These carriers have already shown their intent to use force, if required, to push back Chinese advances in key strategic areas of this zone. Of foremost importance is the Bashi channel. Located in the Luzon strait separating the Philippines from Taiwan, the Bashi channel seabed hosts a network of internet cables, forming a grand communication hub of Asia. In a clear message to Beijing, the two US carriers had exercised in the Philippine sea, before entering the South China Sea, after crossing the Luzon strait, which embeds the Bashi channel.
The proximity of the exercise close to Taiwan is also significant, signaling China that Washington will stand by the island in its time of adversity. China, intends to "reunite" Taiwan, even by using force if required, with the mainland, as part of the "one China" policy. But integration of Taiwan with the mainland also serves an immensely important strategic purpose. Once China has a hold over the Taiwan strait, it can "hide" its nuclear submarines in its deep waters, escaping into the wider West Pacific, undetected by U.S. surveillance.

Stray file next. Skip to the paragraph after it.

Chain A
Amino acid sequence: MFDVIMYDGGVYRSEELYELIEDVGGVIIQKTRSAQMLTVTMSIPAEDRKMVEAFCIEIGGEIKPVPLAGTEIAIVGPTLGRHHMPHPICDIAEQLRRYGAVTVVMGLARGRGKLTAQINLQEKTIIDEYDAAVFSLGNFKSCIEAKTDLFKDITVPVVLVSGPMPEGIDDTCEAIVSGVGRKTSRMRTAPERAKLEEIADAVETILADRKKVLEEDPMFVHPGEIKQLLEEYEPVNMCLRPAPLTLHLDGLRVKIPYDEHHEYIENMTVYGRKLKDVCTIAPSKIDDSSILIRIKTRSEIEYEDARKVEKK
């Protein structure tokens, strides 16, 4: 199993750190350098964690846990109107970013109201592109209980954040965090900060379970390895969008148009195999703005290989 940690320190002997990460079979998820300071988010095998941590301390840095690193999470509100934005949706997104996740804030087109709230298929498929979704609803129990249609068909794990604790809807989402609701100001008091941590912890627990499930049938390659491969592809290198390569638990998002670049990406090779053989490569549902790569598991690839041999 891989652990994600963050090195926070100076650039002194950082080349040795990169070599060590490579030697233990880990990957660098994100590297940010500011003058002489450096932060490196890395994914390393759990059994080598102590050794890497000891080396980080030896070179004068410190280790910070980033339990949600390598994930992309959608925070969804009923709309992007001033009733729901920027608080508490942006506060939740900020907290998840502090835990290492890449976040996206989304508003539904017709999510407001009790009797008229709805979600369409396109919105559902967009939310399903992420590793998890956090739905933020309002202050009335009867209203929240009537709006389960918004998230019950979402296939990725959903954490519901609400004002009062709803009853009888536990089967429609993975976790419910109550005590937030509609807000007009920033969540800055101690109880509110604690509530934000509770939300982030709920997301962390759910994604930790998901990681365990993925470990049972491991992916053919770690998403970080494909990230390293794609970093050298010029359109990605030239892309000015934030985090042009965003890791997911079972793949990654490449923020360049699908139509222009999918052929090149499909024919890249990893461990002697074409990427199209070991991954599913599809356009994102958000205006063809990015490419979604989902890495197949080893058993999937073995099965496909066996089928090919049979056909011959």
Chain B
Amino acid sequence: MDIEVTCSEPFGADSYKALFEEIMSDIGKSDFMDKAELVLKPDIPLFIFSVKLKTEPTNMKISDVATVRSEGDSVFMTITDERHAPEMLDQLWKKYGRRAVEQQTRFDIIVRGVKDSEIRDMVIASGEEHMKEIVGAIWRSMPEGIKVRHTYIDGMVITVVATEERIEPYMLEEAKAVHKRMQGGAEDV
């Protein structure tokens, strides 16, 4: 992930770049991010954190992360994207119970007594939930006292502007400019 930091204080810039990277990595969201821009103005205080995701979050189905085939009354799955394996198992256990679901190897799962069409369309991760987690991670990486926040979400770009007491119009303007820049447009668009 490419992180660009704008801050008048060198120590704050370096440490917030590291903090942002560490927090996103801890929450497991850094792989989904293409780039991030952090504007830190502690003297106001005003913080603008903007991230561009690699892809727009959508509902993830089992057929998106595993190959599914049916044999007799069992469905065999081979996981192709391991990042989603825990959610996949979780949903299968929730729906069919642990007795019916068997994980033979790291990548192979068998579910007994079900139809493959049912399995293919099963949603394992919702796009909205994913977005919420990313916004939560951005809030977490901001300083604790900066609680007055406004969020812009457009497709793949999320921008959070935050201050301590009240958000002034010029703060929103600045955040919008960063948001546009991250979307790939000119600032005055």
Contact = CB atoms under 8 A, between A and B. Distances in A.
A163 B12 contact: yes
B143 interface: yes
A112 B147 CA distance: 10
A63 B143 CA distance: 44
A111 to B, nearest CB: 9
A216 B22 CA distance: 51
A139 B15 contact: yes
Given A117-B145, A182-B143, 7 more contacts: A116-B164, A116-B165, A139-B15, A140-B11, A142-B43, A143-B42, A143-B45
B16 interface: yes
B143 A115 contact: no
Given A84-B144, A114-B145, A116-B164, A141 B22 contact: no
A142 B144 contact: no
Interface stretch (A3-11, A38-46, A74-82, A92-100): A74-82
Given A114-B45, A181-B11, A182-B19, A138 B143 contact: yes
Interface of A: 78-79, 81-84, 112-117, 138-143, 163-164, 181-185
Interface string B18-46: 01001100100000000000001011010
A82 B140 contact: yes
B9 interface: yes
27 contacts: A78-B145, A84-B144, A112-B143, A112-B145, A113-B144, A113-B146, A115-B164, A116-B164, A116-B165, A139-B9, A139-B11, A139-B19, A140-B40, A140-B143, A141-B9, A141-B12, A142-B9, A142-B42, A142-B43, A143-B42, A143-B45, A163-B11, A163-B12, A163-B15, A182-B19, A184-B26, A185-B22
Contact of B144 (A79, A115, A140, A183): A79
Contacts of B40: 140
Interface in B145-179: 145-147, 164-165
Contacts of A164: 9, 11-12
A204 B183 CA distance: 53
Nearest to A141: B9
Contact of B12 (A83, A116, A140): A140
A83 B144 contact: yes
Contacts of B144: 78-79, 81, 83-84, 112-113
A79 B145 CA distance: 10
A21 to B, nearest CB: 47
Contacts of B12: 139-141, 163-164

The two US "floating airfields", currently on deployment in the South China Sea have set another unstated red line- dissuading China from taking over Scarborough shoal claimed by Philippines, which has signed a longstanding defence treaty with Washington, which will kick into life, in case Manila is attacked.
On the diplomatic front, the Chinese have also begun to feel the heat. On Tuesday, Japan's ruling Liberal Democratic Party adopted a resolution for canceling the state visit to Japan by Chinese President Xi Jinping, in light of Beijing's enactment last week of a controversial national security law for Hong Kong. Suddenly the chill has returned to China-Japan relations, which were previously warming up following visits by President Xi to Tokyo, and by Prime Minister Shinzo Abe to Beijing.
Silently, along with India holding fort in Ladakh and taking the lead, the frontline has been activated in the Indo-Pacific, which has already taken its call not to fall in line with the diktat of the Middle Kingdom, intent on building, along its periphery, an impossible and anachronistic network of 21st century tributary States. (IANS)